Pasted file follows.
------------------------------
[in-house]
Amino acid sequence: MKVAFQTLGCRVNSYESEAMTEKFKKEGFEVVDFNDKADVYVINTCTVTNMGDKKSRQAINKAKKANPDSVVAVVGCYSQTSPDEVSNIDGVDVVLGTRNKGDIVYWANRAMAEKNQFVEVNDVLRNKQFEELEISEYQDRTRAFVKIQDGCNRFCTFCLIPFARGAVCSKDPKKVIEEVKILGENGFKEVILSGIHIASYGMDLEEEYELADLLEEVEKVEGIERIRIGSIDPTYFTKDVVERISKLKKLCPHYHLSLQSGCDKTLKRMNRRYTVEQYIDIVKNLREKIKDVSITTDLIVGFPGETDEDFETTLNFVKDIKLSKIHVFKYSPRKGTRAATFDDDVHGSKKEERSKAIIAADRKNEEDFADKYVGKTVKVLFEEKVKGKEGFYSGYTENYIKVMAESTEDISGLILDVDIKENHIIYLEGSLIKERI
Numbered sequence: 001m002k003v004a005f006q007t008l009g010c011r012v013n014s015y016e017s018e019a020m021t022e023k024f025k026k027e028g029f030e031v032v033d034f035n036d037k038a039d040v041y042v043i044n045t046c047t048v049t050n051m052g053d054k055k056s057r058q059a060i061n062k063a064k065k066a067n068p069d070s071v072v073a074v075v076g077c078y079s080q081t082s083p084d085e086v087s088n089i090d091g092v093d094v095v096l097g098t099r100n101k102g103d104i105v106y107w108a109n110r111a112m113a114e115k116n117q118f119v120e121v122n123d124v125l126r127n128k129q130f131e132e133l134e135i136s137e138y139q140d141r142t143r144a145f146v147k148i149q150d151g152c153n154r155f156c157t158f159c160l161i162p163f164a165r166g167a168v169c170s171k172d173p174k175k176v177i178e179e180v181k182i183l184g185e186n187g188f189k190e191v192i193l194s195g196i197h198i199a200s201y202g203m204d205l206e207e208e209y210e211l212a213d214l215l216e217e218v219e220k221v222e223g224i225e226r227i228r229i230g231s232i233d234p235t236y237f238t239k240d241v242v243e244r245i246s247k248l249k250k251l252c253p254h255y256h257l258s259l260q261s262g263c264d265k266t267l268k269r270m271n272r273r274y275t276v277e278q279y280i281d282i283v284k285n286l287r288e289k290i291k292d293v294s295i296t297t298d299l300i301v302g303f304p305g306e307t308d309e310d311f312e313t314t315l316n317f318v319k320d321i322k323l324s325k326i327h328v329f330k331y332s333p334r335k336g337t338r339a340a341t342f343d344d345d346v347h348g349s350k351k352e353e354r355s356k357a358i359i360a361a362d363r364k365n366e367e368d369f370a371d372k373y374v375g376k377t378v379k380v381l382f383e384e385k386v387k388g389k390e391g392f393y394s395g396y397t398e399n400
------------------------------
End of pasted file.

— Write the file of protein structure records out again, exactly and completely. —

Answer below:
[in-house]
Amino acid sequence: MKVAFQTLGCRVNSYESEAMTEKFKKEGFEVVDFNDKADVYVINTCTVTNMGDKKSRQAINKAKKANPDSVVAVVGCYSQTSPDEVSNIDGVDVVLGTRNKGDIVYWANRAMAEKNQFVEVNDVLRNKQFEELEISEYQDRTRAFVKIQDGCNRFCTFCLIPFARGAVCSKDPKKVIEEVKILGENGFKEVILSGIHIASYGMDLEEEYELADLLEEVEKVEGIERIRIGSIDPTYFTKDVVERISKLKKLCPHYHLSLQSGCDKTLKRMNRRYTVEQYIDIVKNLREKIKDVSITTDLIVGFPGETDEDFETTLNFVKDIKLSKIHVFKYSPRKGTRAATFDDDVHGSKKEERSKAIIAADRKNEEDFADKYVGKTVKVLFEEKVKGKEGFYSGYTENYIKVMAESTEDISGLILDVDIKENHIIYLEGSLIKERI
Numbered sequence: 001m002k003v004a005f006q007t008l009g010c011r012v013n014s015y016e017s018e019a020m021t022e023k024f025k026k027e028g029f030e031v032v033d034f035n036d037k038a039d040v041y042v043i044n045t046c047t048v049t050n051m052g053d054k055k056s057r058q059a060i061n062k063a064k065k066a067n068p069d070s071v072v073a074v075v076g077c078y079s080q081t082s083p084d085e086v087s088n089i090d091g092v093d094v095v096l097g098t099r100n101k102g103d104i105v106y107w108a109n110r111a112m113a114e115k116n117q118f119v120e121v122n123d124v125l126r127n128k129q130f131e132e133l134e135i136s137e138y139q140d141r142t143r144a145f146v147k148i149q150d151g152c153n154r155f156c157t158f159c160l161i162p163f164a165r166g167a168v169c170s171k172d173p174k175k176v177i178e179e180v181k182i183l184g185e186n187g188f189k190e191v192i193l194s195g196i197h198i199a200s201y202g203m204d205l206e207e208e209y210e211l212a213d214l215l216e217e218v219e220k221v222e223g224i225e226r227i228r229i230g231s232i233d234p235t236y237f238t239k240d241v242v243e244r245i246s247k248l249k250k251l252c253p254h255y256h257l258s259l260q261s262g263c264d265k266t267l268k269r270m271n272r273r274y275t276v277e278q279y280i281d282i283v284k285n286l287r288e289k290i291k292d293v294s295i296t297t298d299l300i301v302g303f304p305g306e307t308d309e310d311f312e313t314t315l316n317f318v319k320d321i322k323l324s325k326i327h328v329f330k331y332s333p334r335k336g337t338r339a340a341t342f343d344d345d346v347h348g349s350k351k352e353e354r355s356k357a358i359i360a361a362d363r364k365n366e367e368d369f370a371d372k373y374v375g376k377t378v379k380v381l382f383e384e385k386v387k388g389k390e391g392f393y394s395g396y397t398e399n400